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429 Rod Failure: Why is it ALWAYS #6

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429 Rod Failure: Why is it ALWAYS #6 Empty 429 Rod Failure: Why is it ALWAYS #6

Post  gcj Mon 19 Apr 2021 - 6:27

Hi, thanks for input on my SCJ build, but here is a new question:

I have three 429 engines on the table all have one thing in common: They all have had catastrophic rod failure. #6 always seems to let go first, followed by nr. 1 or 2. By case here is what I have found:

1. 1970 D0VE-A, two bolt main CJ with 2YABC crank, CJ rods, ARP bolts and L2404F60 pistons. Melling 84 oil pump, ARP oil drive shaft. Shaft broke because of a broken lifter plunger clip getting loose. Got sucked up in the pump which seized up. Engine ran for about 20 minutes, but seized up. Upon disassembly two rods were frozen; nr 1 and 6. Rod nr. 6 was blackened, blued and burned from heat, while all others were light grey and showing no sign of overheating. Crank is fine and bearings are not severely damaged.

2. 1970 DOVE -A block, std. D0OE 4V rods. I built this engine many years ago. First it was used with a C-6 in a heavy car with no problems. Later installed in a ´71 Mach 1 4-speed. Always had oil pressure in the 60 - 80 lbs range. (C9AZ-6600-A oil pump) During a drag race a rod broke at the 90° cut on rod for original square head rod bolts. It was rod #6. Cylinder shattered, block was junked.

3. Current build: 1971 SCJ with original D0OE football head bolts. All rods are matching, numerically except rods nr. 1 and nr 6. Both have been replaced. Additionally I see that cylinder nr. 6 has a sleeve in it. This engine was originally built for ´71 Drag Pack Mustang w. 3.91 gears and 4 speed. It shows signs of serious abuse in racing or street stomping. Took the original L2366F pistons out. They don´t have a scratch on them and the engine is not severely worn in any sense. Again, rod nr. 6 takes the kick. Rods nr. 1 and nr 6 have been replaced, others are original to the engine going by the numerical markings on them.

Question: Has aynone here noticed this? Any particular reason why nr. 6 seems to be at the greatest risk? This is hardly a coincidence ......

gcj


Last edited by gcj on Fri 3 Dec 2021 - 4:39; edited 1 time in total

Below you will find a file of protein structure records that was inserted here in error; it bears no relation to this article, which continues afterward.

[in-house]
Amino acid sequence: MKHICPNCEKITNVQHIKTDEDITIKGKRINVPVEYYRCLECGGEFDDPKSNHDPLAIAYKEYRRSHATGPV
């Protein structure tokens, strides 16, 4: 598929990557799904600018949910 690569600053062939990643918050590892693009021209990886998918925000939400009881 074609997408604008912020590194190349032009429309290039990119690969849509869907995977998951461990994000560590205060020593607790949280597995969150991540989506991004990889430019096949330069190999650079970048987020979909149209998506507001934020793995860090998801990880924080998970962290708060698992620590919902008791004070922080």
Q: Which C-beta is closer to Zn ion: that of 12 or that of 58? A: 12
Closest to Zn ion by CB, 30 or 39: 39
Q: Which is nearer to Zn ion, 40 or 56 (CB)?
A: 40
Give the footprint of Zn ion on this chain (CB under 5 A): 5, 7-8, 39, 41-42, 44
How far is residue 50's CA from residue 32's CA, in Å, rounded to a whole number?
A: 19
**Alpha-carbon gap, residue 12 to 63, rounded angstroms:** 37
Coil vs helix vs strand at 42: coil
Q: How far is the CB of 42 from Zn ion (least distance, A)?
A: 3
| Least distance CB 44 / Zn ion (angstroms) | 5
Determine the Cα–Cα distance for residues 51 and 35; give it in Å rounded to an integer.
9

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Post  stanger68 Mon 19 Apr 2021 - 9:48

The only rod bearing failure I've ever had was on #2. It chewed ip the side of #6 rod in the process though. I think this was a combination of my own mistakes, not necessarily design flaw of the engine. Cheap oil pan, thick oil, methanol.

About 2 races before this happened. I made a test pass off the trailer before I realized I hadn't changed the oil. It was bad milky. I have always wondered if that one pass washed out that rod bearing? I never had any warning signs of metal in oil. It just seemingly chewed a rod bearing to nothing in one pass.

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Post  enginetech Fri 30 Apr 2021 - 16:13

My experience is that 4&8 show oil starvation signs first as they are the last to see oil.

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Post  Duncan Mach72 Wed 1 Dec 2021 - 19:14

I don't have any direct experience of this, but on the Cleveland forum people have just become aware why a pair of rod bearings always fail on 351C with stock cranks at 8000rpm. It's because the factory crank drillings are not clocked correctly so two of the rod bearings do not receive oil pressure right before maximum load. This is not an issue on stroker cranks as they are all drilled the same as Chevys which are correct (damn!). Maybe the 429 is similar? You'd need to draw it out to figure if that is the case.

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429 Rod Failure: Why is it ALWAYS #6 Empty Rod failures

Post  gcj Fri 3 Dec 2021 - 4:46

Stated in the most general terms, it seems that there may be an oiing issue with the #2 rod journal on the 385 crank, affecting #6 and #2 connecting rod bearings. IF this is the case, then that must point to an issue with the delivery of oil from the main oil gallery, to the main bearing and on through the delivery to the #2 arm on the crank.

The evidence is clear upon disassembly as with my 474 that failed after a plunger spring on lifter at #8 cylinder popped out fell into the oil pan and got sucked up into the pump where is lodged between the gears and seized up.